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Douglas College coat of arms by Indigenous artist a first for Canada

Douglas College coat of arms

Marking the beginning of its 50th year, Douglas College has unveiled its first ever coat of arms, which is the first in Canada to feature complete artwork rendered by an Indigenous artist.

“A coat of arms represents a shared sense of history and tradition,” said Kathy Denton, Douglas College President and CEO. “But whose history and whose tradition? Inviting Carrielynn to interpret our coat of arms in her own vision is one way Douglas is engaging in the spirit of reconciliation and building a more welcoming campus.”

Carrielynn Victor, a local Coast Salish artist, produced the initial and final artwork from concepts and designs outlined by the Canadian Heraldic Authority. The process employed to produce the new coat of arms is a first for the Heraldic Authority – the body responsible for creation and granting of new coats of arms, flags, and other symbols – and a first for Canada.

“The Canadian Heraldic Authority is thrilled to be working with an Indigenous artist for the artwork of the Douglas College coat of arms, including the painting that will appear on the grant document itself,” said Bruce Patterson, acting Chief Herald of Canada. “This is a new way of working for us, and we are grateful to Douglas College for facilitating this project, which could set important precedents for how Canadian heraldry can showcase Indigenous art and symbolism.”

The new Douglas College coat of arms consists of a shield with a crowned heart – a feature of the Douglas family coat of arms – supported by two lions, a nod to the College’s mascot. At the top there is a raven and two Douglas fir boughs. All of the features sit above a globe, which represents the College’s global outlook, and at the bottom, a banner reads E’yo’l, Te’lmel, Te’mex, or Excellence, Knowledge, Passion in Halkomelem, a traditional Coast Salish language.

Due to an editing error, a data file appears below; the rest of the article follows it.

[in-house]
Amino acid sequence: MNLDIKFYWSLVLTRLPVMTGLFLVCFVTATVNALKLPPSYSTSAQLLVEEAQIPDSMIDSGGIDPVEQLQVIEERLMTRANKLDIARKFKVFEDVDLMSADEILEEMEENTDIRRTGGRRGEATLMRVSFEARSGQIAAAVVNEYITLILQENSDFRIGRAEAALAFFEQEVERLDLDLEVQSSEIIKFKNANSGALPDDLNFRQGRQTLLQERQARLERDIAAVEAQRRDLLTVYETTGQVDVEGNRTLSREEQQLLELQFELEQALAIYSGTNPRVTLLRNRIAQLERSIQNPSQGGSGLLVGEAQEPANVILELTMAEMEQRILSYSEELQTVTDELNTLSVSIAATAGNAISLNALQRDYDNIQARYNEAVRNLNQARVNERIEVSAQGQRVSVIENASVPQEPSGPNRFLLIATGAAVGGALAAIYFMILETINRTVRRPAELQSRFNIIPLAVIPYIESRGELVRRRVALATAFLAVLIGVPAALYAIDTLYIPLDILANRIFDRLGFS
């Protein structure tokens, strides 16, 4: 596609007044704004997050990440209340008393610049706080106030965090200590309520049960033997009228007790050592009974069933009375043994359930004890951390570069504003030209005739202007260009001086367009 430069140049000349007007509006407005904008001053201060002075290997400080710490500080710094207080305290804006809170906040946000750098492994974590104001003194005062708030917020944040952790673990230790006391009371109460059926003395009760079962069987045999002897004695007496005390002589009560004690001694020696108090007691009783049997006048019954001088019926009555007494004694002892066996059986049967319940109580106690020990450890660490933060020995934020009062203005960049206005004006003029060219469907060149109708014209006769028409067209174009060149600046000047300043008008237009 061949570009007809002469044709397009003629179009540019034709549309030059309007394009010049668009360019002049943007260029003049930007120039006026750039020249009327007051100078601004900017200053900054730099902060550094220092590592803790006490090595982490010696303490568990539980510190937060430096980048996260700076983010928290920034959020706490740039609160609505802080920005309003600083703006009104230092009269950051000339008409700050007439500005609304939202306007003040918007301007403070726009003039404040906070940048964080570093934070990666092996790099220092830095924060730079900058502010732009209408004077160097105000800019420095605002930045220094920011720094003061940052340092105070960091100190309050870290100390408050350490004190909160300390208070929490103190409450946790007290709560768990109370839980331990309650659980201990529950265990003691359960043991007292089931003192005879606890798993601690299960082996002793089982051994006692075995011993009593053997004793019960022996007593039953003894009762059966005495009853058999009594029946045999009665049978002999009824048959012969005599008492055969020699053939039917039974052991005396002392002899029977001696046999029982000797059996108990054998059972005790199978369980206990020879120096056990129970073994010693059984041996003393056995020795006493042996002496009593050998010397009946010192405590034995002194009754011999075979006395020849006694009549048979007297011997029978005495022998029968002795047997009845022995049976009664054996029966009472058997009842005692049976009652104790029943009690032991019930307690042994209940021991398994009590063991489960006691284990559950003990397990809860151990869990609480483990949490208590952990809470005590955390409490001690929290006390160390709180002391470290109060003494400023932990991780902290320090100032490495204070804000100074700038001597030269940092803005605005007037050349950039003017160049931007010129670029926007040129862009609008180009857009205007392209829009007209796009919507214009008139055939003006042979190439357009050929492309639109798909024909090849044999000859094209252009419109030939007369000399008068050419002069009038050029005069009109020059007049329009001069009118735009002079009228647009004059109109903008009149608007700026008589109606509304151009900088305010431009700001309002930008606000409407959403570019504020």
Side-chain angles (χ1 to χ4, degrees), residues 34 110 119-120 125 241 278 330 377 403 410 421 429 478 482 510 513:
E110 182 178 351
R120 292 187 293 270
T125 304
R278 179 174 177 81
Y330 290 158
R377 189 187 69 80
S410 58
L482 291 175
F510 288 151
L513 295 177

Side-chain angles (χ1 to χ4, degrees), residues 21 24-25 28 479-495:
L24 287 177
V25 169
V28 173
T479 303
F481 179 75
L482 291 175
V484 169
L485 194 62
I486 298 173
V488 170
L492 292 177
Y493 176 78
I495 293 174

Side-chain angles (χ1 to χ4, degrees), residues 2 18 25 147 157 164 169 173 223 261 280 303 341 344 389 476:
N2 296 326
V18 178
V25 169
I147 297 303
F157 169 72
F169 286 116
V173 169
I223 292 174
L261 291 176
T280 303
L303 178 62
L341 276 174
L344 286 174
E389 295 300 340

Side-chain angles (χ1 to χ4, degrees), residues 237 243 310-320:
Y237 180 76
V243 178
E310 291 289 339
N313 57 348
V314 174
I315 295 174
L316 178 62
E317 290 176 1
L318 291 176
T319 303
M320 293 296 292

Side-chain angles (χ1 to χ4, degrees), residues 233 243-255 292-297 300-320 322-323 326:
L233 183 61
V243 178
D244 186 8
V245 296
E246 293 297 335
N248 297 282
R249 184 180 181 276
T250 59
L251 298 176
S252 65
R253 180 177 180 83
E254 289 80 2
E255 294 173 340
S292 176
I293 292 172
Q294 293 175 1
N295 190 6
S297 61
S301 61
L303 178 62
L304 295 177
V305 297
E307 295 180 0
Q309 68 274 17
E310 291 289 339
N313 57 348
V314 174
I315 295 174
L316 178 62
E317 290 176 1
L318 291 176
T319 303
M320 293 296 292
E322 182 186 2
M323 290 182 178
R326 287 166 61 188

"This coat of arms project has been an exploration of blending two traditions with strong principles, and prescribed design elements,” said Carrielynn Victor. “The resulting coat of arms should stand the test of time, as it carries elements that are true to heraldry, and also to Coast Salish design. I was honored to blend my Coast Salish and Scottish heritage together in this one-of-a-kind piece."

Victor lives on the traditional territory of the Cheam First Nation, where she creates art and manages an environmental consultancy.

“Representation of Indigenous culture is long overdue in many institutions in British Columbia,” said Melanie Mark, Minister of Advanced Education, Skills and Training. “I’m so proud of Douglas College for their leadership and commitment to meaningful reconciliation. Today is all about remembering that no act of reconciliation is too small, and that we can all make a difference by working together. By recognizing Coast Salish culture and artists in their official coat of arms, Douglas College is leading by example as we strive to build more inclusive campuses for students, faculty, and staff throughout B.C.”

For more information on the Douglas College coat of arms, please visit douglascollege.ca/coat-of-arms.

Douglas College is the largest degree-granting college in B.C., combining the academic foundations of a university and the career-ready skills of a college to provide the most relevant and inspiring undergraduate experience in British Columbia. 

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Contact
Maia Odegaard
Communications Coordinator
odegaardm@douglascollege.ca
604 527 5806